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Review: 2012 (2009)

2012 (2009)

Directed by: Roland Emmerich

Premise: Due to celestial event, the surface of the earth loses its integrity, threatening the continued existence of human civilization. The major governments of the world work together to preserve the human race while individuals evade disasters.

What Works: As an exercise in grandiose special effects, 2012 has few equals. The film has a number of major set pieces and director Roland Emmerich indulges his affinity for spectacular destruction on a level not seen before.

What Doesn’t: Although 2012 has great special effects, that is about all the film has going for it. The scenes of destruction are massive and well done and a lot of them recall images from other disaster pictures like The Day After Tomorrow, The Poseidon Adventure, and 2005’s War of the Worlds. Once the disaster begins, the film settles into a predictable pattern, repeatedly putting its characters in a place on the cusp of a calamity and having them make a narrow escape by plane or by car. The film essentially repeats the same scene with the same characters over and over again for two and a half hours, only changing the scenery, which of course is destroyed. For a film like 2012 to be anything beyond a glorified theme park ride, it needs to make an investment in its characters but the film never does that. 2012 is full of talented actors like John Cusack, Danny Glover, Woody Harrelson, Chiwetel Ejiofor, and Thandie Newton, but there is nothing for them to do. The characters spend the entire film running away and they never act with volition to save themselves or each other; they just manage to get lucky in their escape. For this kind of apocalyptic survival film, it is necessary for the story to define what is at stake, and to allow the characters to come through the disaster with some new sense of self and community; to put it another way, there needs to be a revelation after the apocalypse. 2012 is not at all interested in any kind of story, and just piles on more and more destruction. The emptiness of it all becomes more problematic for the picture as it makes oblique references to recent natural and manmade disasters like September 11th and Hurricane Katrina but without any thematic or narrative payoff; the result is a very crass film that exploits real life tragedy for no other reason than cheap thrills.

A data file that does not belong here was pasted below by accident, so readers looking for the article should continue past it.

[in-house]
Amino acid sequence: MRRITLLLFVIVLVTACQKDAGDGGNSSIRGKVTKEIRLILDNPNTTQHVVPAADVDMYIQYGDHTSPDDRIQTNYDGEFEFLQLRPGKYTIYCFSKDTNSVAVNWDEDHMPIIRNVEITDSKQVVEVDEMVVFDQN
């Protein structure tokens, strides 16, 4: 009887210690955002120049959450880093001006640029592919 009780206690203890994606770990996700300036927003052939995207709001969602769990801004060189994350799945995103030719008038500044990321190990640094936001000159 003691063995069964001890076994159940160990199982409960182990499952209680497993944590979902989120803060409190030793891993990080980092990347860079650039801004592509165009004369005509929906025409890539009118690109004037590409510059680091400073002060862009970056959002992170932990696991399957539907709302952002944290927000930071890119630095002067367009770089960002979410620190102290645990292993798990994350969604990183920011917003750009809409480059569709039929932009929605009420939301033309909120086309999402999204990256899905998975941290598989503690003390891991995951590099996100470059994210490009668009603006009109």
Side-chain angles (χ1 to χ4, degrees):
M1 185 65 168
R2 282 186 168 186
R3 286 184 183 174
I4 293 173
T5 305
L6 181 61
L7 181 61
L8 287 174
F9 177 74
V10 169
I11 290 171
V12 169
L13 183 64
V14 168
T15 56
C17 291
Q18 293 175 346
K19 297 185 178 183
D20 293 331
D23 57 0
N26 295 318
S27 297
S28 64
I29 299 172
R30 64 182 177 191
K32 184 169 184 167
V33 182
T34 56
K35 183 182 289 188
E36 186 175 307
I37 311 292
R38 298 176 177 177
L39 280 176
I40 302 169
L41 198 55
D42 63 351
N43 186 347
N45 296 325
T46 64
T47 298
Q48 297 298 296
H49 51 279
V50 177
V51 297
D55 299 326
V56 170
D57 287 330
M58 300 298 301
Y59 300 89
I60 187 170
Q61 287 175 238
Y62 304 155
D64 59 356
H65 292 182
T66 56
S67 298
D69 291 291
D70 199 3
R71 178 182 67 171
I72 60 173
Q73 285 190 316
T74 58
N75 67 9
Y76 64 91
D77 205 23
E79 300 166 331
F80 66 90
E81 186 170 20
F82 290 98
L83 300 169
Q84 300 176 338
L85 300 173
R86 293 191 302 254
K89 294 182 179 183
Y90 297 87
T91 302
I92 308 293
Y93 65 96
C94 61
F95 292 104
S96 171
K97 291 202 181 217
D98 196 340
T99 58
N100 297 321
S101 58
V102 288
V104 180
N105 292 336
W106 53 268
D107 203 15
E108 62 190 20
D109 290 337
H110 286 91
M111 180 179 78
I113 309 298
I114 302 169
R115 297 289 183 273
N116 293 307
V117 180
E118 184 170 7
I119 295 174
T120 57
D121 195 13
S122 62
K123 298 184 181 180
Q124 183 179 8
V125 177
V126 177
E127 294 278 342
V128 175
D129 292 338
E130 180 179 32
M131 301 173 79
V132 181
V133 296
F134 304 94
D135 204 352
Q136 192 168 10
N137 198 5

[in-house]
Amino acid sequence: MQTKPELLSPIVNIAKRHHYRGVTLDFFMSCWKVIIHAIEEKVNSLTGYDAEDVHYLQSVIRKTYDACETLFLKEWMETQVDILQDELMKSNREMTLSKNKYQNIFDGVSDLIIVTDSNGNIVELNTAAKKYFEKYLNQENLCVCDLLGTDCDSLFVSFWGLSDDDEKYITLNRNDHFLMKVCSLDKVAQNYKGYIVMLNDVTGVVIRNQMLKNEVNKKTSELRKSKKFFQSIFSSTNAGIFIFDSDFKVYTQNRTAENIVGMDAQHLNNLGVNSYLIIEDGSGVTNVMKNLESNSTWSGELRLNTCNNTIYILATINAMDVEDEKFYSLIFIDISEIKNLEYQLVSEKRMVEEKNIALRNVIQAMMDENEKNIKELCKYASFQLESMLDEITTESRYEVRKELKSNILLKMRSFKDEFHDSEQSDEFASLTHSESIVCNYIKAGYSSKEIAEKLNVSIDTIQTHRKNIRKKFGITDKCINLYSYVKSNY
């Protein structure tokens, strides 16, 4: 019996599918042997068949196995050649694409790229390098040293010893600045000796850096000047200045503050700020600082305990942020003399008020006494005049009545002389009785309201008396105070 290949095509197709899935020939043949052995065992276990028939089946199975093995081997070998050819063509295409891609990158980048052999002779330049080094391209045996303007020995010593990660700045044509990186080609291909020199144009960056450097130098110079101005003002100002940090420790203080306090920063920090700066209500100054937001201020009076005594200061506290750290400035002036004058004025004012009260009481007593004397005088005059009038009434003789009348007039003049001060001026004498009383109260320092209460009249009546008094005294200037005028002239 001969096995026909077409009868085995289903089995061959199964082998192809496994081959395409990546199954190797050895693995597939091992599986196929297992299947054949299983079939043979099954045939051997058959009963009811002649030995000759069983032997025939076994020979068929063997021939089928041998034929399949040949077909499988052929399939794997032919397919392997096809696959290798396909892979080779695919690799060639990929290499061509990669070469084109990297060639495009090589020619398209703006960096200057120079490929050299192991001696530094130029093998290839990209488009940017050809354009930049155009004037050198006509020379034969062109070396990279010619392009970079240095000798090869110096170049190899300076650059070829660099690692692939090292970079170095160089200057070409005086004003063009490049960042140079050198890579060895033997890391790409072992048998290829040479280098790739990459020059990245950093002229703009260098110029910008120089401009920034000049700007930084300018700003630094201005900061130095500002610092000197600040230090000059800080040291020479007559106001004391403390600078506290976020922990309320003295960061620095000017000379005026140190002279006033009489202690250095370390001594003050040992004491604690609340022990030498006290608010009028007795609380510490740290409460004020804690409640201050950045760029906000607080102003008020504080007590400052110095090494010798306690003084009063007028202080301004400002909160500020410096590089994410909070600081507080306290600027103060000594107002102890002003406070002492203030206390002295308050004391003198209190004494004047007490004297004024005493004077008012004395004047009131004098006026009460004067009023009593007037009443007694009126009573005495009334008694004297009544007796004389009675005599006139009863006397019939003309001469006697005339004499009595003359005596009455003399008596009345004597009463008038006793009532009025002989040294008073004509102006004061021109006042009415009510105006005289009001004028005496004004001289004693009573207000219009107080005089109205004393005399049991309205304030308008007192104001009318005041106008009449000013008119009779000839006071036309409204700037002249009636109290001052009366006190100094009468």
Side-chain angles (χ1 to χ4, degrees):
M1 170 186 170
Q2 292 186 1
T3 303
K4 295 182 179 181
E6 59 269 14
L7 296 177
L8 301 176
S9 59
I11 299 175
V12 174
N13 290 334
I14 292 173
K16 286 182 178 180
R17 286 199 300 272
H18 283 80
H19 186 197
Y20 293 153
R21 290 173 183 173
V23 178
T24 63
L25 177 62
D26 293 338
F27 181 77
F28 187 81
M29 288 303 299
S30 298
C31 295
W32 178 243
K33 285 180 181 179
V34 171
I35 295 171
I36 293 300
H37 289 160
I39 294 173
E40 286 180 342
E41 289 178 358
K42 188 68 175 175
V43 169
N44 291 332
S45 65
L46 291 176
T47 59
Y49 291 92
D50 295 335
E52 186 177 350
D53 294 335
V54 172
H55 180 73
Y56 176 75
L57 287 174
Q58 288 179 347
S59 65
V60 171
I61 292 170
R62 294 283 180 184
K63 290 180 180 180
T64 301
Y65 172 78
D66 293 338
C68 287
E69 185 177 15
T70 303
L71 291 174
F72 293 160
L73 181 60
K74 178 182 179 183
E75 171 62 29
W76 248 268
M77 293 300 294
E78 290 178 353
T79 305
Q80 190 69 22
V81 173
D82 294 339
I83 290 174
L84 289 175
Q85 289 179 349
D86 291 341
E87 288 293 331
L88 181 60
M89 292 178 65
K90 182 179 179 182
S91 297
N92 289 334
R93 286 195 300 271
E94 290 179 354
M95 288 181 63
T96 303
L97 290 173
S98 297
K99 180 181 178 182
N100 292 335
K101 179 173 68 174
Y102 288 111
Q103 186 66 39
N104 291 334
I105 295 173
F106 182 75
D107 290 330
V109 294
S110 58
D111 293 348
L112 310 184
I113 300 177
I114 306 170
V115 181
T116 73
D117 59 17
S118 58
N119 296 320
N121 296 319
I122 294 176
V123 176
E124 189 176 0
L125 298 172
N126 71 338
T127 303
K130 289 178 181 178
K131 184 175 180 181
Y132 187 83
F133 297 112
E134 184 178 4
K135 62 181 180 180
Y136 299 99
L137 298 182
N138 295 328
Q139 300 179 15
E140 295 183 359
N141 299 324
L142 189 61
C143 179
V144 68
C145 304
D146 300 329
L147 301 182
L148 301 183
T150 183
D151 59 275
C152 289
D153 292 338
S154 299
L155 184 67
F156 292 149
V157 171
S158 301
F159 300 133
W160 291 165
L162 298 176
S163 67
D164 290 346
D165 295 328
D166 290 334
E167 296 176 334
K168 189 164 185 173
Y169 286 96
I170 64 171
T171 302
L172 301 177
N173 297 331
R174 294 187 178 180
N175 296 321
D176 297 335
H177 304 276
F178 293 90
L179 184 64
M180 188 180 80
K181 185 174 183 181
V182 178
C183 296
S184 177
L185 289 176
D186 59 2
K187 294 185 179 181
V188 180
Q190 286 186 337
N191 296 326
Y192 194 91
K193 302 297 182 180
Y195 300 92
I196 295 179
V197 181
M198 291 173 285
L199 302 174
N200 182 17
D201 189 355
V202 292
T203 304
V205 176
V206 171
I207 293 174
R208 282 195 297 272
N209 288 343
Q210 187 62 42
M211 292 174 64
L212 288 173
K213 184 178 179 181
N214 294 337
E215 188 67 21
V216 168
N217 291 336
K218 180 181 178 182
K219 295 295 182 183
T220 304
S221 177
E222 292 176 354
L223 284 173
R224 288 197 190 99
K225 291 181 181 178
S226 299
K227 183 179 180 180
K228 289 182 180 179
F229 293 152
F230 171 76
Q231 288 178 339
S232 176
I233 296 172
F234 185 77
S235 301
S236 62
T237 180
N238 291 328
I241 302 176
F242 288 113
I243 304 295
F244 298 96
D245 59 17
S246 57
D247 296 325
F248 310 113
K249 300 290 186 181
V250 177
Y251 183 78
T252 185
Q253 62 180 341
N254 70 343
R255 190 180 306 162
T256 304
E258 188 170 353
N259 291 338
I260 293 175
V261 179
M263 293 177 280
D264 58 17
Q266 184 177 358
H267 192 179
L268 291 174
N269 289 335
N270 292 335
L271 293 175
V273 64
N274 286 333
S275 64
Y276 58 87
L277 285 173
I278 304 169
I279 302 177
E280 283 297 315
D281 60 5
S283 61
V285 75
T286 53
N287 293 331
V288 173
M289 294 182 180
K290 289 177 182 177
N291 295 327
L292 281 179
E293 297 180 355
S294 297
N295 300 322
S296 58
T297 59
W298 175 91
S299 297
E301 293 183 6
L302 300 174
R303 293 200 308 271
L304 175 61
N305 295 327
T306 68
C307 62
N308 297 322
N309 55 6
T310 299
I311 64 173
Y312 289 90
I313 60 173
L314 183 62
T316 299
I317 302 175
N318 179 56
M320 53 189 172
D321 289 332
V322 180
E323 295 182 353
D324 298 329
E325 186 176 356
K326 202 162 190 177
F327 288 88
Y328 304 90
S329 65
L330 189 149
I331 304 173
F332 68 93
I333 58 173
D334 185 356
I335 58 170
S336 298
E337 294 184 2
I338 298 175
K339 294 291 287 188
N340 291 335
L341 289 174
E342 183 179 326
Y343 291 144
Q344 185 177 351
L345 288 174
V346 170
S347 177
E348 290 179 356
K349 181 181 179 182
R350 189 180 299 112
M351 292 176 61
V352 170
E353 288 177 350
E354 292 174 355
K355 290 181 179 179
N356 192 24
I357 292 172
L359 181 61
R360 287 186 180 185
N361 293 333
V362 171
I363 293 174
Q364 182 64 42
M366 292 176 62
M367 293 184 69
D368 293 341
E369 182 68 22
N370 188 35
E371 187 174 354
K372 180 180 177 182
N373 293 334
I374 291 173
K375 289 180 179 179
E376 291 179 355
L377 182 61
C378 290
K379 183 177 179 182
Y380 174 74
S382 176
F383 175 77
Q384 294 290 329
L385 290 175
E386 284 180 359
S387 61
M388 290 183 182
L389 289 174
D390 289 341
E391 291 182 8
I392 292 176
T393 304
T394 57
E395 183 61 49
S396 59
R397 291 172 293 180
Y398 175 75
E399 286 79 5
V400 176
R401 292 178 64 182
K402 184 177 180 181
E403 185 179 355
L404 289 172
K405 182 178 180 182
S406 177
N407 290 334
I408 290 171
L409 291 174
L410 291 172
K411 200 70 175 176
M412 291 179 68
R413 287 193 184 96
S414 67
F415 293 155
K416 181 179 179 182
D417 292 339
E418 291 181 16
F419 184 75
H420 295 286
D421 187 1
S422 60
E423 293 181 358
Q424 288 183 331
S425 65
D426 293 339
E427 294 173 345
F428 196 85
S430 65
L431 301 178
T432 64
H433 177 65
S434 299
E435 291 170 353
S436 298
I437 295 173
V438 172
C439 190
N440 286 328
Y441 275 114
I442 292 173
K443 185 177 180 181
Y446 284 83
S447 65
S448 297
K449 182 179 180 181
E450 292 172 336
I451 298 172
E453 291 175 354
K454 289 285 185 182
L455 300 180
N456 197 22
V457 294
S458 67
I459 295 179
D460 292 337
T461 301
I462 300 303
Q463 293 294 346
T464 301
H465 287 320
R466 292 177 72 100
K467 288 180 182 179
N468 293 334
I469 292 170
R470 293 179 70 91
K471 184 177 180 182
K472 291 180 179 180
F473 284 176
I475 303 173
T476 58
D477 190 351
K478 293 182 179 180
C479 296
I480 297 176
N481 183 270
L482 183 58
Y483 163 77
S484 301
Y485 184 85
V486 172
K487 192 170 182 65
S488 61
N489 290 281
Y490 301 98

Bottom Line: While 2012 may be the biggest and most extravagant apocalypse picture ever made, it is also extraordinarily hollow. Like much of Emmerich’s work, this is B-movie making on an A-movie budget but this time the director has eschewed any pretension of story or tact. 

Episode: #266 (November 22. 2009)